Thursday, August 13, 2020

Viability of Cofina Deal Stirs Questions

By on November 30, 2018

The fiscal board’s executive director, Natalie Jaresko; Chairman José Carrión; and members Ana Matosantos and David Skeel (Jaime Rivera/CB)

Editor’s note: The following originally appeared in the Nov. 22-28, 2018, issue of Caribbean Business.

Nov. 29 was the deadline to present objections in English and Spanish to notices proposed by the government and Financial Oversight & Management Board (FOMB) to object to proofs of claims for the Puerto Rico Sales Tax Financing Corp., known as Cofina by its Spanish acronym.

On Nov. 14, the U.S. District Court entered an order that among other things approved limited omnibus objection procedures and directed the government to seek the court’s approval of the form of notice (both the English and Spanish versions) to be used in connection with filing omnibus objections to proofs of claim.

Unless a written objection to the proposed order is filed with the court no later than today, the forms of notices will be deemed approved and there will be no hearing about them. The government submitted forms for 11 objections to the proofs of claims.

For instance, one of the objections says that if the claim is not listed, it will not be affected by the omnibus objection. But if the claim is listed, “Cofina is seeking to disallow your initial claim because you filed an amended claim,” and the earlier claim is no longer needed.

Another notice of objection states that if the claim is listed it is because the indenture trustee for the series of bonds related to the claim has filed a master proof of claim on behalf of all holders of such bonds. “You do not have to file a response to the omnibus objection…to protect your rights on account of the claims asserted by the indenture trustee on behalf of you. The omnibus objection will preserve your claim, as asserted by the indenture trustee on behalf of you, for determination at a later date, and you will receive notice of further proceedings,” the proposed notice reads.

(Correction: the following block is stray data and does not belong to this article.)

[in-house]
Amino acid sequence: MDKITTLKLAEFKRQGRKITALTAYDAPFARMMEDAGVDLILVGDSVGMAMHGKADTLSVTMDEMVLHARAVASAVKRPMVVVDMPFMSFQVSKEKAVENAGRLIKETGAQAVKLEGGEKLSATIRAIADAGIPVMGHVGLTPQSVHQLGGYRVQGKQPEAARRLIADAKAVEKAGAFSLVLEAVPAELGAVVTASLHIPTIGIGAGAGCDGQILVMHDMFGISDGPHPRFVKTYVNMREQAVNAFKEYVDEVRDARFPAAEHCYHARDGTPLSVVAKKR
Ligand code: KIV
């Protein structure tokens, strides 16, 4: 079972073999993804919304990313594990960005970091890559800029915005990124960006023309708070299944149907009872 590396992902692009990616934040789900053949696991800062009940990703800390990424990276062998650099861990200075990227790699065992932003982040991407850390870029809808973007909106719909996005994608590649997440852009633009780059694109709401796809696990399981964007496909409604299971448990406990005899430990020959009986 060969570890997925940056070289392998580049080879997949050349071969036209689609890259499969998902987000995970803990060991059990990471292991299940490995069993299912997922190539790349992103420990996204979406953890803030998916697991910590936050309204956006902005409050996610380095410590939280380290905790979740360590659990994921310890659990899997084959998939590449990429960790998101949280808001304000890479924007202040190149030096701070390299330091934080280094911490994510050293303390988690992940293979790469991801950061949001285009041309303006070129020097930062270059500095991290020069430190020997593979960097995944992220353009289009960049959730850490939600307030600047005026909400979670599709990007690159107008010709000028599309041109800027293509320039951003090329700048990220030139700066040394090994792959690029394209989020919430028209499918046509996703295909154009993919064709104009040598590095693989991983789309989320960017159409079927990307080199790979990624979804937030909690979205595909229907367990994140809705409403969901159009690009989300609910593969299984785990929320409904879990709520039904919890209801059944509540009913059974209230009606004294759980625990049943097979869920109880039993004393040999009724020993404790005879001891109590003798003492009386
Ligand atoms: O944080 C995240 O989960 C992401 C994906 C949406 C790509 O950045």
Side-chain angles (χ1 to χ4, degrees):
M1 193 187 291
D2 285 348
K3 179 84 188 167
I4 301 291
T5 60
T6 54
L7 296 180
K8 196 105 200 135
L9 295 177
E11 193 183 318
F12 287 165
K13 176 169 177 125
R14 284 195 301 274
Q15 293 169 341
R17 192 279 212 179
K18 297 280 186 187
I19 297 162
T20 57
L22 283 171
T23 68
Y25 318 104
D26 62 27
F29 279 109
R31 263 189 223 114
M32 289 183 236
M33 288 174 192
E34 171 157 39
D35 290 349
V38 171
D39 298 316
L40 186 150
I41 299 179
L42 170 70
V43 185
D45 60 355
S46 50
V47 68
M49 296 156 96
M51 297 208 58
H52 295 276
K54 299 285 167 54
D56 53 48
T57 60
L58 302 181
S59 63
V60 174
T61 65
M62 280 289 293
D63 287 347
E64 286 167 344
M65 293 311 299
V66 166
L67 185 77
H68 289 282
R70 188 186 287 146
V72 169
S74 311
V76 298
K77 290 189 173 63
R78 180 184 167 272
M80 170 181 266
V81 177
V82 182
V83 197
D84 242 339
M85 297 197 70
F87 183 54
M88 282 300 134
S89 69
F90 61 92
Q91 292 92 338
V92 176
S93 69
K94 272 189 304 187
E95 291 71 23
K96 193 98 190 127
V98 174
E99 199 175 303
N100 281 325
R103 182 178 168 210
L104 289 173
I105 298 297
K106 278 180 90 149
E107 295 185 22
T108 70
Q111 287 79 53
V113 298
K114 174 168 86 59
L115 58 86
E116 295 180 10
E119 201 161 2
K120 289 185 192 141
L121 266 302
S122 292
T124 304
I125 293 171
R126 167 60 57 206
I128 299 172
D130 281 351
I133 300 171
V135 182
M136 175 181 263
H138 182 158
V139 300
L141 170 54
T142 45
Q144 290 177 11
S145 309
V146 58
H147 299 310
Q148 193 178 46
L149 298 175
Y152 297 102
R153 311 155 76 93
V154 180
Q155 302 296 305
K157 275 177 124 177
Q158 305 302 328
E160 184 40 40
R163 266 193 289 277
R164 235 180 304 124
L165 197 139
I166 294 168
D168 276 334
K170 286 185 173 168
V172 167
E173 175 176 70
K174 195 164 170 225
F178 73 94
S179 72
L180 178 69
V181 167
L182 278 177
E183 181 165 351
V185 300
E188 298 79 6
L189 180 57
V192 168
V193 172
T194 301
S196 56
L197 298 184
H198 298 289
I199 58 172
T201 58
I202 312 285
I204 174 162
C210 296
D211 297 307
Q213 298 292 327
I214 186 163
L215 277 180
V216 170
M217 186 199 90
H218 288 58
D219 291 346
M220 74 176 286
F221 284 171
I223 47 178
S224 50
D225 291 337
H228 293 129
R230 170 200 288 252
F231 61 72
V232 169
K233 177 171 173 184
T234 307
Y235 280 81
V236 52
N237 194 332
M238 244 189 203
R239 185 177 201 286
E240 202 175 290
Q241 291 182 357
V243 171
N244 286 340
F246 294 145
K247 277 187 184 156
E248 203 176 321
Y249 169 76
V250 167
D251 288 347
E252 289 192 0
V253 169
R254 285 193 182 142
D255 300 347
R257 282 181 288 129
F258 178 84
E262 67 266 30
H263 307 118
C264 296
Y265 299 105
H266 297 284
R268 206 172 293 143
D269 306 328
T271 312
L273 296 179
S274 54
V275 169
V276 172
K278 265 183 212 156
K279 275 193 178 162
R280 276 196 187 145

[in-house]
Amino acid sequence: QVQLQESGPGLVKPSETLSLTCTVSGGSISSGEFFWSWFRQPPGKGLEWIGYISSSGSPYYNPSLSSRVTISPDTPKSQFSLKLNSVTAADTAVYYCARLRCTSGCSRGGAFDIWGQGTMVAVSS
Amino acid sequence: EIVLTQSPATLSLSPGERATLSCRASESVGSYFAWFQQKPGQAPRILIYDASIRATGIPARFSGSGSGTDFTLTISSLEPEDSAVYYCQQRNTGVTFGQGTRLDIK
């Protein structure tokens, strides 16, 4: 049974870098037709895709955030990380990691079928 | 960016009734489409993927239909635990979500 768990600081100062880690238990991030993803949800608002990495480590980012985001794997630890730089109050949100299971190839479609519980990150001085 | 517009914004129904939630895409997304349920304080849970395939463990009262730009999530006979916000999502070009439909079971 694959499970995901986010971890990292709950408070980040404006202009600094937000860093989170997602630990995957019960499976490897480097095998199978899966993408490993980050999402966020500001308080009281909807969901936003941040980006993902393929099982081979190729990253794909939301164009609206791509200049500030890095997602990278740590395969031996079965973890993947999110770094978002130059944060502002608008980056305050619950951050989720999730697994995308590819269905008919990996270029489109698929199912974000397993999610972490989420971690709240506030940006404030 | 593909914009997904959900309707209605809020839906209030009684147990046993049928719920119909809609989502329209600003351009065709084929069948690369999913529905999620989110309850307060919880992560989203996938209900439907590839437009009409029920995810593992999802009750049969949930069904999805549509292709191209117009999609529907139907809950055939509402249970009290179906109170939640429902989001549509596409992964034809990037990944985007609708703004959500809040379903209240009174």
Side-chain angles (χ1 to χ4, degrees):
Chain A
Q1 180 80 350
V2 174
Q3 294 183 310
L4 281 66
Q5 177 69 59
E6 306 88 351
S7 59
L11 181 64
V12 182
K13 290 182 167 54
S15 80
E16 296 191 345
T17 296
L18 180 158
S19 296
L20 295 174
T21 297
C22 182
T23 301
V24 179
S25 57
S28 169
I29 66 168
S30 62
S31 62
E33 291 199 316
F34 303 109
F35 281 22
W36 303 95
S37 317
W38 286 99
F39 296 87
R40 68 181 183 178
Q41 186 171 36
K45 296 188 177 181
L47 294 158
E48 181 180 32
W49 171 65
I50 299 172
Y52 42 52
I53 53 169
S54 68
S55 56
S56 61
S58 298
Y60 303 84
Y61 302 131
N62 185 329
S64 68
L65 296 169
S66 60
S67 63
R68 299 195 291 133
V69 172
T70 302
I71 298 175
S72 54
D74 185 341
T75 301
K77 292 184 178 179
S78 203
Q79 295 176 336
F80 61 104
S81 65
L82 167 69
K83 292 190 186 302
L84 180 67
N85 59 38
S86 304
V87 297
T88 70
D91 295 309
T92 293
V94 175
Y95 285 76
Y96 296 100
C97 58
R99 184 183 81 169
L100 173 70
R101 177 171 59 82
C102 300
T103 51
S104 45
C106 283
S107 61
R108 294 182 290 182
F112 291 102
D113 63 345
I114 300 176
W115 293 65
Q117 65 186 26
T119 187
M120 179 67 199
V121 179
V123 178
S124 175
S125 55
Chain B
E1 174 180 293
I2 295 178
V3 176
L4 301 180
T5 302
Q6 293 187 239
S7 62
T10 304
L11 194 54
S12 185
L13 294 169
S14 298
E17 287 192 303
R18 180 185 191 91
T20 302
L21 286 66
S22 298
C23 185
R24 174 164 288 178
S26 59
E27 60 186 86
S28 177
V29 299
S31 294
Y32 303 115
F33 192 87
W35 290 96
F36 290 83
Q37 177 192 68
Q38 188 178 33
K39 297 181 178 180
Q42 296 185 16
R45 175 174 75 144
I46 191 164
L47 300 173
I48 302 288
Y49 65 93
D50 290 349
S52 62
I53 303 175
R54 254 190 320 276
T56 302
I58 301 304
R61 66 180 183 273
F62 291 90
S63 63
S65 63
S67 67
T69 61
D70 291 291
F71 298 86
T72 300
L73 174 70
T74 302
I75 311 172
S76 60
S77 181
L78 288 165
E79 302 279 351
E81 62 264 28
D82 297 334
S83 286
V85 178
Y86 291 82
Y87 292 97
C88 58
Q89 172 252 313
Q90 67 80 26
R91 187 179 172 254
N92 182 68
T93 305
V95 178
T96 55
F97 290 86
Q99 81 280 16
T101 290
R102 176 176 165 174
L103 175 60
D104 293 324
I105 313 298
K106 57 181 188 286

Objecting proofs of claim is a process already established in all bankruptcy procedures. When a creditor learns of a debtor’s bankruptcy case, it files proof of claim to seek payment of money owed. A claim or interest that has been filed with the court will be allowed and will serve as the basis for distribution of the creditors’ assets unless a party in interest objects.

There is no absolute deadline in the code or rules for filing an objection to a claim. If the debtor, which in this case is Cofina, files an objection to a claim, the objection becomes a contested matter. Cofina presented notices in Spanish and English to the court consisting of 11 objections. In January, the court is slated to approve Cofina’s debt adjustment plan. The court recently approved the plan’s disclosure statement, paving the way for it to be voted on.

Judge Laura Taylor Swain has said approval of the disclosure statement does not mean there is an approval of the debt adjustment plan, which is still bringing up questions about its viability.

In a letter dated Nov. 15, addressed to several members of Congress, the FOMB acknowledges the fiscal plan certified on Oct. 30 projects “significant deficits after 2033” as it pushes through Cofina’s restructuring.

The Cofina deal projects debt payments until at least 2058. The letter, sent to U.S. Sen. Elizabeth Warren and U.S. Reps. Nydia Velázquez, José Serrano and Darren Soto, was a response to a previous one sent by the lawmakers. The FOMB letter says the fiscal plan projects the expected primary surplus over the fiscal plan period and takes into consideration the Cofina deal.

“Because the fiscal plan projects significant deficits after 2033, the fiscal plan makes it clear that the Commonwealth must implement additional structural reforms,” the letter reads.

In news related to Puerto Rico’s fiscal matters, stateside media reported that Kroll Bond Rating Agency (KBRA) assigned a BBB- rating to the 6.75 percent Senior Secured Notes due in 2035 and issued in 2013 by Autopistas Metropolitanas de Puerto Rico LLC for an original principal amount of $435 million. As of September 2018, Metropistas had $416.73 million outstanding in the notes. The outlook was described as “stable.”

In addition to the notes, Metropistas has also borrowed a term loan due in December 2022, with $300.3 million outstanding. The reports did not provide reasons for the rating.

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